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Logos: A Journal of Catholic Thought and Culture 3.4 (2000) 70-84



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A Letter to Roberto

Michael Novak


The following letter is entirely fictional. I never engaged in such a correspondence with any business leader. Still, if I had been asked such questions, this is how I would have responded. (In various writings, I've made similar points.) Just the same, I would like to dedicate this letter to Mr. Roberto Goizueta, former president and CEO of Coca-Cola Corporation, a fine Catholic (whose son Roberto Jr. has become a prominent theologian), and one of the most admired corporate leaders in recent American history.

Just before his untimely death in 1997, Mr. Goizueta invited me to spend a private hour with him, before taking questions from his top executives over lunch. He was an early fan of The Spirit of Democratic Capitalism and Business as a Calling. This was our only contact.

Under Goizueta's leadership (1981-1997), the value of Coca-Cola stock multiplied many times over from $4.3 billion to $180 billion (3500 percent). Seldom has one company increased its value in such a steady way over so long a period of [End Page 70] years. This success yielded a significant growth to the many universities, museums, charities, pension funds, and other institutions of civil society that have invested their resources in Coca-Cola stock, especially those in the Atlanta area.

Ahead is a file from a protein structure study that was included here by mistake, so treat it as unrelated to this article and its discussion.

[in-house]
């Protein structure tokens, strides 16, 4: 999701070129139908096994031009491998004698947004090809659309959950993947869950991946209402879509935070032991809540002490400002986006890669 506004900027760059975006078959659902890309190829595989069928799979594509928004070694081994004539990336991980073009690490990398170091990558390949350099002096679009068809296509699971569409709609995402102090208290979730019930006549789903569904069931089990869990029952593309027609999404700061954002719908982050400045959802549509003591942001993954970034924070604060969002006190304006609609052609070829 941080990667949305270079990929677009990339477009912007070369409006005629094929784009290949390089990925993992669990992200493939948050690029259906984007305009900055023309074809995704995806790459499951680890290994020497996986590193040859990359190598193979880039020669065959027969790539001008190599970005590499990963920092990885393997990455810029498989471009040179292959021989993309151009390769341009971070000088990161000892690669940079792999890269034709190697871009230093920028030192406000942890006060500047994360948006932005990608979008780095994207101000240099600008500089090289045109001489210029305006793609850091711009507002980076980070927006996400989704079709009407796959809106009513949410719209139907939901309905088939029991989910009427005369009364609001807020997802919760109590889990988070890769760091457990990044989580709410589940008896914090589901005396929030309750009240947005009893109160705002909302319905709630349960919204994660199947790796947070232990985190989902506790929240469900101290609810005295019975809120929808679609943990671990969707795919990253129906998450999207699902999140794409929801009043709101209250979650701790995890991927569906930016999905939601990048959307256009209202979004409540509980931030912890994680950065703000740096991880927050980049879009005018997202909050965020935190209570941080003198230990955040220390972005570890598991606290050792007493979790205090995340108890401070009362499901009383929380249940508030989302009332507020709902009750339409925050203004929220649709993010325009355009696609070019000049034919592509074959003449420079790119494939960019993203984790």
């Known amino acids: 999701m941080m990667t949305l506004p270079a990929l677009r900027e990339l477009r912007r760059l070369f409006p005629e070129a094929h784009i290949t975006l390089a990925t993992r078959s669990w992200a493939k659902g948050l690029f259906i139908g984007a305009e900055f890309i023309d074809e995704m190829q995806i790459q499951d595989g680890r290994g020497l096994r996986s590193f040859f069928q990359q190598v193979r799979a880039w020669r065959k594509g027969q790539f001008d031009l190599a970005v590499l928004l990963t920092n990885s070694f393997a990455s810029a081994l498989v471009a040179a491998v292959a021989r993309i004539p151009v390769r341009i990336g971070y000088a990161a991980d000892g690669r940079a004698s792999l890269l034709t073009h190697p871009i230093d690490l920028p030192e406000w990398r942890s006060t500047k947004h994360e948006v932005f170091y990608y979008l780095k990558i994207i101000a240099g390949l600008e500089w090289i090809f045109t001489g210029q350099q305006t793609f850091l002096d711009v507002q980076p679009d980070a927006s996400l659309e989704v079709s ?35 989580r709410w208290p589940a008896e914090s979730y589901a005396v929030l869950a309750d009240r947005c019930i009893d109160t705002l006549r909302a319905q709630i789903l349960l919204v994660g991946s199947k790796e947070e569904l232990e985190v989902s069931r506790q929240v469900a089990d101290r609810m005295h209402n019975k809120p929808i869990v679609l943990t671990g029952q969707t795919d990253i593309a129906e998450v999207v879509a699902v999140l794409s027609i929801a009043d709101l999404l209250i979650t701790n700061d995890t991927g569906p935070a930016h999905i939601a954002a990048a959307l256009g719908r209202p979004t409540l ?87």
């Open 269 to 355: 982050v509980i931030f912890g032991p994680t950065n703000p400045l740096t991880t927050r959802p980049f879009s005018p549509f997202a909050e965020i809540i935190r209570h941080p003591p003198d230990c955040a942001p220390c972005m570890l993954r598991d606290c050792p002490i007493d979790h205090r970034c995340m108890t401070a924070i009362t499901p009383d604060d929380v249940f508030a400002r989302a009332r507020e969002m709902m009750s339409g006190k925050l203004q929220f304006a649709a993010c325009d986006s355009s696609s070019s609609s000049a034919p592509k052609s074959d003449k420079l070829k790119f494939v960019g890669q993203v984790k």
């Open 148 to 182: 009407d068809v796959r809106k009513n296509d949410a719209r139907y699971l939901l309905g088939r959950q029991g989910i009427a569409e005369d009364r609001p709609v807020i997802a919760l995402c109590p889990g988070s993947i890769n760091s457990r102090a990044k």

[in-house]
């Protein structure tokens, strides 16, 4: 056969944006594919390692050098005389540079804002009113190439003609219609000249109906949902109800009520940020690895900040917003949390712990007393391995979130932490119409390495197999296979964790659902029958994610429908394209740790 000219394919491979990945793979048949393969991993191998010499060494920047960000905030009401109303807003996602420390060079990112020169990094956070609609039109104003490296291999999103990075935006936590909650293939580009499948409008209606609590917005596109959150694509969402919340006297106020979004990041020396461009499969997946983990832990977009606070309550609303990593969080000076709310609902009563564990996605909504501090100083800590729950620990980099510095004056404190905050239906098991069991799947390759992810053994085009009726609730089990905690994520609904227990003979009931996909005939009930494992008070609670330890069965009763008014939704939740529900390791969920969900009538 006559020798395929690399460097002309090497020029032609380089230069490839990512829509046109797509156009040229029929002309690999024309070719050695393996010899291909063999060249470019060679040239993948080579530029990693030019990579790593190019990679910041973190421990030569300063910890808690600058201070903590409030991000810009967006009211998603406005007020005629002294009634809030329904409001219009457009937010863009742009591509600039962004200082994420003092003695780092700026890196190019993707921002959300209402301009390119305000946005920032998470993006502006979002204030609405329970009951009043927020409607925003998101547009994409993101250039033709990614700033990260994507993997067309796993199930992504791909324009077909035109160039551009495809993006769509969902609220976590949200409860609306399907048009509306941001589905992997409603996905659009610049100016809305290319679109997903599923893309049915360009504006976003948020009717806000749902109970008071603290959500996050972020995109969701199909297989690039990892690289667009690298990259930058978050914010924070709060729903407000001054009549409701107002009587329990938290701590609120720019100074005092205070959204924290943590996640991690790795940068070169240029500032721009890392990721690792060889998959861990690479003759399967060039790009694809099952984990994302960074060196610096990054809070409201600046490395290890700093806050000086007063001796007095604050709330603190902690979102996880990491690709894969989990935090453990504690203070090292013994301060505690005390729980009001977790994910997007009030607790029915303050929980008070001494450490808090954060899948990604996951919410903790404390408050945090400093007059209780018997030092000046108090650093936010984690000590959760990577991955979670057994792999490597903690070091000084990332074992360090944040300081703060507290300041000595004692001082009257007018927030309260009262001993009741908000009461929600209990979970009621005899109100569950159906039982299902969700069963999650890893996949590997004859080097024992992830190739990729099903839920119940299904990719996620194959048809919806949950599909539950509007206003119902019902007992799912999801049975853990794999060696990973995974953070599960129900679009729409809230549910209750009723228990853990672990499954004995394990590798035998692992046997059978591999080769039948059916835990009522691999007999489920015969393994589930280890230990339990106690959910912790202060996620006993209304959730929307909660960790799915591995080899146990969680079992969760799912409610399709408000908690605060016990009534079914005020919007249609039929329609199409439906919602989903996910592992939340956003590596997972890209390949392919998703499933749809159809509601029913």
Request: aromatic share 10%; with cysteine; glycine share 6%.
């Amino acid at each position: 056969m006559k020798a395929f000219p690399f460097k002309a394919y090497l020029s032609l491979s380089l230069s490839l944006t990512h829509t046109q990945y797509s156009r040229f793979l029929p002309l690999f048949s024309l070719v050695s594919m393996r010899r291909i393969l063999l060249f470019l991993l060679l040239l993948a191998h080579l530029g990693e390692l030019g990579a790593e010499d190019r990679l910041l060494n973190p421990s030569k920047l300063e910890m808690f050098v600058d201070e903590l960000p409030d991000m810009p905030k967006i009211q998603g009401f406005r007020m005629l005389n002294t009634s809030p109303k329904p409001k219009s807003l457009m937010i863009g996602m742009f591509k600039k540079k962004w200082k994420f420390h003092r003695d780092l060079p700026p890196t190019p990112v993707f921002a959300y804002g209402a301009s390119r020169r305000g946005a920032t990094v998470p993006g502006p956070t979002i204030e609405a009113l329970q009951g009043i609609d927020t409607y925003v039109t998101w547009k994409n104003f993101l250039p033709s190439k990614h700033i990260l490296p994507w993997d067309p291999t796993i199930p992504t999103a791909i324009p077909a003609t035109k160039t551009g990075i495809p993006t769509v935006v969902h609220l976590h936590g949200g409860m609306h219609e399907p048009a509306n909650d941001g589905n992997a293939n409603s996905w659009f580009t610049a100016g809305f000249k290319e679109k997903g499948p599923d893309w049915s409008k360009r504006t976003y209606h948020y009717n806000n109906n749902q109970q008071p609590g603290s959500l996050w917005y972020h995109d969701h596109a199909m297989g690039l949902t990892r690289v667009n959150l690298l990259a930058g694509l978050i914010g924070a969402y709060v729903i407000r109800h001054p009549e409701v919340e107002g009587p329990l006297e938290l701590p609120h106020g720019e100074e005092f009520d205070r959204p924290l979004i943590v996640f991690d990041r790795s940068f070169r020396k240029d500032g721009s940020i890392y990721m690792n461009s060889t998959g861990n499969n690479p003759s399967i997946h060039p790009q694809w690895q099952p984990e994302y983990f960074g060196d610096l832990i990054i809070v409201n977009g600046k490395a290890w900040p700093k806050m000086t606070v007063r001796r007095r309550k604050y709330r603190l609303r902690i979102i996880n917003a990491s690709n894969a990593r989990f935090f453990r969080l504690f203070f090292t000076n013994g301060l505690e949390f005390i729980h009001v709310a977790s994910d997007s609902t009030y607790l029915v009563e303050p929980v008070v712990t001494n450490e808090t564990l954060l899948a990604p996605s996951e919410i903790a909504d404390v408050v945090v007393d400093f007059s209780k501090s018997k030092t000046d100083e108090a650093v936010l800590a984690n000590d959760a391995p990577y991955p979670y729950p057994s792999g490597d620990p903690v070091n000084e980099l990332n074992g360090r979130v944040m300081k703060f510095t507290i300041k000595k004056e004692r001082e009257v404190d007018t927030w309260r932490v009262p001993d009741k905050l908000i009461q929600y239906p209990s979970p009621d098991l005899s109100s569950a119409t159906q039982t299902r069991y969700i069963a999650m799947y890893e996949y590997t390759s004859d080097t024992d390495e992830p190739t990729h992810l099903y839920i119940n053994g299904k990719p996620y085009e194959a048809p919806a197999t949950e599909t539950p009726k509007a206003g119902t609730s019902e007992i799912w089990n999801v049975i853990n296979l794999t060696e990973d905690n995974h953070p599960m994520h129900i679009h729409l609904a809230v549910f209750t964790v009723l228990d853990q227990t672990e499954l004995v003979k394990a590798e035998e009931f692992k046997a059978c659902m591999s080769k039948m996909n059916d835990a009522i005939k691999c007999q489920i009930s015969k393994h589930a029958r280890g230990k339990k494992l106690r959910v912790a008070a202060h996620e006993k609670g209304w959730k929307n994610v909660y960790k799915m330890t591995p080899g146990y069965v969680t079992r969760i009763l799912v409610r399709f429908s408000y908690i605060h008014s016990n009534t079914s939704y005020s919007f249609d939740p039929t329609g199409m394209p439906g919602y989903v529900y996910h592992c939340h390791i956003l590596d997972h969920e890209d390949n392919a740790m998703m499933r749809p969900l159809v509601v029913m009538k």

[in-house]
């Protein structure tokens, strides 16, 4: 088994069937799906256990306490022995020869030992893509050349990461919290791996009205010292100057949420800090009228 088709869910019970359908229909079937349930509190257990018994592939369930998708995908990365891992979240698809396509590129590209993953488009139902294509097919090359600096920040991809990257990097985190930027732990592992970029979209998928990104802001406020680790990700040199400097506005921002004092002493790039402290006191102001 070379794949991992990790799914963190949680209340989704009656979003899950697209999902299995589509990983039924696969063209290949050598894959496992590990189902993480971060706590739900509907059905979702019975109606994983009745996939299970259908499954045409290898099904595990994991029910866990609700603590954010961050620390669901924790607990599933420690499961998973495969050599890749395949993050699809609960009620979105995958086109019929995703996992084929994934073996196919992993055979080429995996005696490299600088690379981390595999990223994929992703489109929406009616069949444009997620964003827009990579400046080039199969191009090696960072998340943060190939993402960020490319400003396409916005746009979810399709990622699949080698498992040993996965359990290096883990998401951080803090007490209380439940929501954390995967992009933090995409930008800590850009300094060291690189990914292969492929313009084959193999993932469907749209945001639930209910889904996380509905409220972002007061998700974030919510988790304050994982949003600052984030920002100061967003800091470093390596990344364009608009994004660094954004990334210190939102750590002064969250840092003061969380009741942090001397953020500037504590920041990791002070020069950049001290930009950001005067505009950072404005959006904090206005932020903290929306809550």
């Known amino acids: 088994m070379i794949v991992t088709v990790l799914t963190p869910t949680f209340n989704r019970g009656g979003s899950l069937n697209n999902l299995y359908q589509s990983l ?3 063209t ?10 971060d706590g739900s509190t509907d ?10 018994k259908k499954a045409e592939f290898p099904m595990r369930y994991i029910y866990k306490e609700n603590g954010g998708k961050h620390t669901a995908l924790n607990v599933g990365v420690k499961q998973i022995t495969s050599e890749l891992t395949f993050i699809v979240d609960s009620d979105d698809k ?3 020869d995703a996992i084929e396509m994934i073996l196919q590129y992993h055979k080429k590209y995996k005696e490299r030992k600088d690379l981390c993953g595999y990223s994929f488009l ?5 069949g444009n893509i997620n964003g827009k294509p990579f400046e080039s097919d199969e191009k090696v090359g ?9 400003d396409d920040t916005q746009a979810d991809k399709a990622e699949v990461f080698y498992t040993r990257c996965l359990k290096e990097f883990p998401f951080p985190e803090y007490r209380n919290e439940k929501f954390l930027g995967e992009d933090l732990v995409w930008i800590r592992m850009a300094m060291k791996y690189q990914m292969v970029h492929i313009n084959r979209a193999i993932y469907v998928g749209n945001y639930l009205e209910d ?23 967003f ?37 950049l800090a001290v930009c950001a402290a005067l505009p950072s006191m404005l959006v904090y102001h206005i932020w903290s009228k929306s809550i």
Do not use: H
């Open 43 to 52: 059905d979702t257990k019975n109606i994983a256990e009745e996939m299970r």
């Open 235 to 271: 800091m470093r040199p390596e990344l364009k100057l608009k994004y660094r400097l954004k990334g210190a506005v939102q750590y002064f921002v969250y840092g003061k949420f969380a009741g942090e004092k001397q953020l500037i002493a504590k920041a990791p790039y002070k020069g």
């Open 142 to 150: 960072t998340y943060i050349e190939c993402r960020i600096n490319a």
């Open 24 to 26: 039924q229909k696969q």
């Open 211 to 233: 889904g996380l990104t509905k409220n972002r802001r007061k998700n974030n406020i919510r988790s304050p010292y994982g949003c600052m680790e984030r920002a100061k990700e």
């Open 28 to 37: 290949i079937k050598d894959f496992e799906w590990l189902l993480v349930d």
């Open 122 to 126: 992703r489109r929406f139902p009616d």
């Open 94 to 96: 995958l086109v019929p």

Coca-Cola is one of the most far-flung of all corporations; it is almost as multinational as the Catholic Church. Every day people around the world drink more than one billion Coke products. Roberto was fond of saying, of course, that at least four billion people have never yet drunk a Coca-Cola product. The company, he said, had much yet to do.

March 4, 2000

Dear Roberto:

In your last e-mail you raise several questions. Let me reply to them one at a time.

1. The first thing you pick up is my passing comment that Coca-Cola should establish a major facility in Bangladesh. Let me lay out the case.

I know the government of Bangladesh has been unpredictable. During the Cold War, the Russians put a full-court press on Bangladesh. They brought Bangladeshi by the hundreds to study in Moscow. They understood the strategic maxim, "the key to Southeast Asia is Dhaka." Looking at a map of the Bay of Bengal may not give you the full picture, but if you draw lines from Dhaka in every direction, you will see what a central hub it is. And the climate there, while tempestuous and often extremely unpleasant to those accustomed to the temperate zone, is spectacular for plants; sun and water abound. Crops grow almost year-round.

Bangladesh would be a fantastic center for an industry specializing in tropical fruits and juices. That is my proposal for Coke: Experiment [End Page 71] a little, and become the world's major bottler of fruit juices, especially for Southeast Asia, India, China and Japan. There are more human beings in the circle whose center is Bangladesh than in any similar circle in the world. Nutritious fruit juices would benefit almost two billion people in the region. What a market! What a lot of good could be done by a successful local industry.

But there are other motives in my mind, too. You are as committed to democracy and capitalism as I am. Like me, you agree that capitalism is mainly about creativity in practice--and reinventing Coca-Cola-Asia as a tropical juice giant, for a great new region, you have to admit, is a challenging idea. (I don't mean to ignore your classic brands, only to add a new dimension to them.)

What I want to see in the mid-twenty-first century is a world of democracies in which individual rights are respected, and the one-third of the human population still unliberated from poverty finally blast through that wall and pour into the middle class. Roberto, that will only be done through institutions, and my conviction is...

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Additional Information

ISSN
1533-791X
Print ISSN
1091-6687
Pages
pp. 70-84
Launched on MUSE
2000-11-01
Open Access
No
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